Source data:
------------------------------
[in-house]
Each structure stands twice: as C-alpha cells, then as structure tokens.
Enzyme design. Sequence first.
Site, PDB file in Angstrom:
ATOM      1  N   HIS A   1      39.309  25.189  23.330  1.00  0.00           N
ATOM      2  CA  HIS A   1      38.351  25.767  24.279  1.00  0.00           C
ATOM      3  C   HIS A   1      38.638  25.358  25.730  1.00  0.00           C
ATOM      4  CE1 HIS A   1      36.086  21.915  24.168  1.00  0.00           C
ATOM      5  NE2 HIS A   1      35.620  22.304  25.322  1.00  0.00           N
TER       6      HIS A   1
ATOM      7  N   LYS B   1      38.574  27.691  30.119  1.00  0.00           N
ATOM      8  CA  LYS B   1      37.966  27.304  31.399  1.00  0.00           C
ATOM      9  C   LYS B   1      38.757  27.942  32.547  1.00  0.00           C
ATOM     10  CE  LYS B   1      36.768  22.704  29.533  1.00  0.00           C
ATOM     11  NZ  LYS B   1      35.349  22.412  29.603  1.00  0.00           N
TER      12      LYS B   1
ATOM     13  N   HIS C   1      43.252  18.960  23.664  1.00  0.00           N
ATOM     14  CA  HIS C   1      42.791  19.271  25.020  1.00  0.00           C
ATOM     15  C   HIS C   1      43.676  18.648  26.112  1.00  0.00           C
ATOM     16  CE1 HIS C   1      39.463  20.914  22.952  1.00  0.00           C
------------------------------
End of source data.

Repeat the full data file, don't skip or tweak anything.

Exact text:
[in-house]
Each structure stands twice: as C-alpha cells, then as structure tokens.
Enzyme design. Sequence first.
Site, PDB file in Angstrom:
ATOM      1  N   HIS A   1      39.309  25.189  23.330  1.00  0.00           N
ATOM      2  CA  HIS A   1      38.351  25.767  24.279  1.00  0.00           C
ATOM      3  C   HIS A   1      38.638  25.358  25.730  1.00  0.00           C
ATOM      4  CE1 HIS A   1      36.086  21.915  24.168  1.00  0.00           C
ATOM      5  NE2 HIS A   1      35.620  22.304  25.322  1.00  0.00           N
TER       6      HIS A   1
ATOM      7  N   LYS B   1      38.574  27.691  30.119  1.00  0.00           N
ATOM      8  CA  LYS B   1      37.966  27.304  31.399  1.00  0.00           C
ATOM      9  C   LYS B   1      38.757  27.942  32.547  1.00  0.00           C
ATOM     10  CE  LYS B   1      36.768  22.704  29.533  1.00  0.00           C
ATOM     11  NZ  LYS B   1      35.349  22.412  29.603  1.00  0.00           N
TER      12      LYS B   1
ATOM     13  N   HIS C   1      43.252  18.960  23.664  1.00  0.00           N
ATOM     14  CA  HIS C   1      42.791  19.271  25.020  1.00  0.00           C
ATOM     15  C   HIS C   1      43.676  18.648  26.112  1.00  0.00           C
ATOM     16  CE1 HIS C   1      39.463  20.914  22.952  1.00  0.00           C